A Scrap of Memory


words and images: Judy Harrington

Scrapbooking serves as my second passion, just behind writing. The creativity of a page conveys a story differently than typed words ever could.

I believe the saying “seeing is believing” can never be expressed any better than through a photograph. I believe placing pictures into a collage creates a moment frozen in time to be seen by your eyes and loved by your heart.

When I open my scrapbooks, stories jump from the pages. One of my favorite themes immortalizes my mom’s outdoor stairway that she started in 2003, when she was sixty-eight years old.

It began with just a few stone steps beneath the Horse Tree, an oak given that name because of the way it grew—bent over for me and my two siblings to ride. Standing the test of time, the tree still remains, no more than 500 feet from our old home place, a small twenty-acre farm outside the small town of Mountainburg, Arkansas, whose current population is 624.

Those first rocks were the size of a large suitcase. Both were anchored with smaller stones and dirt to hold them level. She never used concrete to secure them because she believed it would disturb nature’s beauty.

As the stairway grew stone by stone, it soon exploded with the fragrance of iris, phlox, daffodils, tulips, and wildflowers from spring through summer. Within two years her expanding garden had invaded the entire hillside on either side of the stairway. The sight represented a breathtaking testimony to her labors.

Looking back at it now, I’m amazed at how a woman of slight stature, who carried only 115 pounds on her five-foot eight-inch frame, was able to roll and upend the huge rocks that built the walkway. Some she scooted. Some she dragged with the four-wheeler. All of them came from the bluff far above the country road. Near the end, as she got closer and closer to finishing her vision, the bluff became her destination for the top of the stairway.

Her saying, “From the bluff, these rocks came, and to the bluff, they will return,” revealed her grand plan for the quarter-mile stretch. Since she was over halfway there, I have no doubt she would have done just that, if her health had held out.

I remember driving up one day to find her working in her garden. She squatted to maneuver another stone in place for the next step. I watched her wiggle and scoot it until she seemed pleased to leave it where it was.

“Hey, Lady, are you going to build that stairway all the way to heaven?” I joked.

“Maybe,” she laughed as she stood and arched her aching back. “You know, I haven’t really thought that far ahead, just know I’m going as far as the bluff for now.”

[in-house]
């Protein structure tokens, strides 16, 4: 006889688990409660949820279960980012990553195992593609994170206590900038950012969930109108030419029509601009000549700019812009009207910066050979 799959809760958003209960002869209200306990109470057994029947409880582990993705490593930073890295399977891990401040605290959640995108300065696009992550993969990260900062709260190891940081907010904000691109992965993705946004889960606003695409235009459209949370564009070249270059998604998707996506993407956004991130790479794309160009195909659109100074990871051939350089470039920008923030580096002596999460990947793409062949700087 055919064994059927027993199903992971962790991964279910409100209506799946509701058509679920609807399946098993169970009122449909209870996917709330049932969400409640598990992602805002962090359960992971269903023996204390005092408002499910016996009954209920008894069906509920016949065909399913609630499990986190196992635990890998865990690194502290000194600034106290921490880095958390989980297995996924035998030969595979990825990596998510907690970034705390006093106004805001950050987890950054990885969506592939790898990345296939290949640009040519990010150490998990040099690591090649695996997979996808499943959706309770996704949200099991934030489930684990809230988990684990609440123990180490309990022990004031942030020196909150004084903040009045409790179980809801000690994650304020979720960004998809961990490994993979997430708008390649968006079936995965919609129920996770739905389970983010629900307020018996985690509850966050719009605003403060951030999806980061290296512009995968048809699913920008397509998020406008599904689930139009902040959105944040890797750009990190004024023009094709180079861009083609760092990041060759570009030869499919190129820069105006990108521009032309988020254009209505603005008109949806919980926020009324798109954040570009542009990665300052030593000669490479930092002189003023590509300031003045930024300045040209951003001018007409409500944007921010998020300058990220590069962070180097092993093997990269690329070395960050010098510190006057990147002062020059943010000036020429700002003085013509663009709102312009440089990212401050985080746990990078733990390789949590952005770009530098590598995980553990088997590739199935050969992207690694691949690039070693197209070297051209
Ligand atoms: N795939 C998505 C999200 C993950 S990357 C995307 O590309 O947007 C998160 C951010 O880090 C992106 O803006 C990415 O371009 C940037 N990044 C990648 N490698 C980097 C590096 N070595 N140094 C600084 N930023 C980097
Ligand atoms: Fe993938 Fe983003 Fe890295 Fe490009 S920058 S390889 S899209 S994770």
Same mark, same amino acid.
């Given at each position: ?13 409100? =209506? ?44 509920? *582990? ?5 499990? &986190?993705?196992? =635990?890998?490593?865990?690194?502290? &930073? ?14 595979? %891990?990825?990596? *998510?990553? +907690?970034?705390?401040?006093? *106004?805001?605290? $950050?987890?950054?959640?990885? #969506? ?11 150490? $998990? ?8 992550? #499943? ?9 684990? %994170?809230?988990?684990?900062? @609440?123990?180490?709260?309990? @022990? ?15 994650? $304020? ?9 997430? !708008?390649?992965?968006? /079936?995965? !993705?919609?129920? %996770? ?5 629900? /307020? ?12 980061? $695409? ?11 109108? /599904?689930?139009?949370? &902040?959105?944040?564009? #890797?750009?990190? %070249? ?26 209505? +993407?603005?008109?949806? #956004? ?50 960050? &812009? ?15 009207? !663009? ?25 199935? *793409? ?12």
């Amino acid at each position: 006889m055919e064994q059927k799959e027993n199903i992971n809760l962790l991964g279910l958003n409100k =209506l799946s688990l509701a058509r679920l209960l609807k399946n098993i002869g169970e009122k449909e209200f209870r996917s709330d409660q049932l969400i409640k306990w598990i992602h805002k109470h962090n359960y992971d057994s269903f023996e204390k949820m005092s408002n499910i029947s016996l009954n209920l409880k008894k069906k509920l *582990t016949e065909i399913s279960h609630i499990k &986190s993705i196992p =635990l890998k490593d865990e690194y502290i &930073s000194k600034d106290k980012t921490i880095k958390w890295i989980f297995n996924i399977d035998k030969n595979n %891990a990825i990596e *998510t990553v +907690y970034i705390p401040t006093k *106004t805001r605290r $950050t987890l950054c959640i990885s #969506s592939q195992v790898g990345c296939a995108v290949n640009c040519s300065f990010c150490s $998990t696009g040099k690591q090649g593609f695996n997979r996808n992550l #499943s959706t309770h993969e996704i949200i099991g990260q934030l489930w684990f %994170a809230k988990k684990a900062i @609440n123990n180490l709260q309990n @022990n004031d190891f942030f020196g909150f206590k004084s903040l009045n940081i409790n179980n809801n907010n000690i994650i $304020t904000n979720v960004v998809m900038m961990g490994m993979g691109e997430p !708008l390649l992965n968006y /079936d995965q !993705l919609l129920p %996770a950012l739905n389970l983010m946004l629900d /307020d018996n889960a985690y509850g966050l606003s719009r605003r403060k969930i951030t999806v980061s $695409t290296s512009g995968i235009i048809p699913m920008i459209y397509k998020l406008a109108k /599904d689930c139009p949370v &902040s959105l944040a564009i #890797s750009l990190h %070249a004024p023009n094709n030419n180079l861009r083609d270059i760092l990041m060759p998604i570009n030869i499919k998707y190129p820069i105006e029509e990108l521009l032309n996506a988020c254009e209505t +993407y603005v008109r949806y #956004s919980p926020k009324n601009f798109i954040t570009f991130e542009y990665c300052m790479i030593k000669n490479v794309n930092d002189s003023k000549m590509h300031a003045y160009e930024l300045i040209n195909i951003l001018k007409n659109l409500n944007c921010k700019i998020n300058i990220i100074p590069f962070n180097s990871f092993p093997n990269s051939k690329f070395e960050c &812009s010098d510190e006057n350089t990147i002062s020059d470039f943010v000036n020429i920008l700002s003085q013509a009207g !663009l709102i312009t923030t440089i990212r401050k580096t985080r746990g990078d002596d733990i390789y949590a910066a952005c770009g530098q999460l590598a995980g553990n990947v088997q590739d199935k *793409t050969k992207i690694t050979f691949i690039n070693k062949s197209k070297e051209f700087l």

She wiped her brow and left a tiny smear of soil.

That was my momma for you. She always enjoyed digging in the dirt, and she had a green thumb when it came to planting, both flowers, and vegetables. Everything she stuck in the ground grew and flourished.

I waited while she tip-toed down the steps to meet me, being careful not to step on her newly planted phlox.

I handed her a butterscotch malt from Mountainburg’s Dairy Dream. “Where are your gloves?”

Mom sipped the thick delight through the straw and welcomed a break. “Oh, they just get in my way,” she explained. “I can’t really feel exactly where I need to set the next rock with them on.”

I could only shake my head as I surveyed her face. Her eyes sparkled to express that she was so at home with nature. I smiled at the thought. I still do for that matter.

Mom sat down, two steps up from where I sat, content and playing with a ladybug that had crawled onto the thigh of her muddy jeans.

When I looked at her, I saw a pioneer woman who had helped build our house, and then helped restore it after it caught fire, who had even worked on our cars and learned plumbing. But that was just a glimpse of who she was. I thought about the prom dress she made for me when I was in high school, such a beautiful thing.

Mom worked on the stairway another three years, getting closer and closer to the bluff, but never reaching it, until finally, in 2009 she became too ill to continue. It still stands anyway, though a bit overgrown and starting to slide from erosion, like a gift from my mom to me, all that work, all that beauty.

When I think of that day, I so wish I had that picture to place in my scrapbook, next to the photo of her prized staircase. Nevertheless, it will always be in my memory. And will come to life every time I look at those pages.

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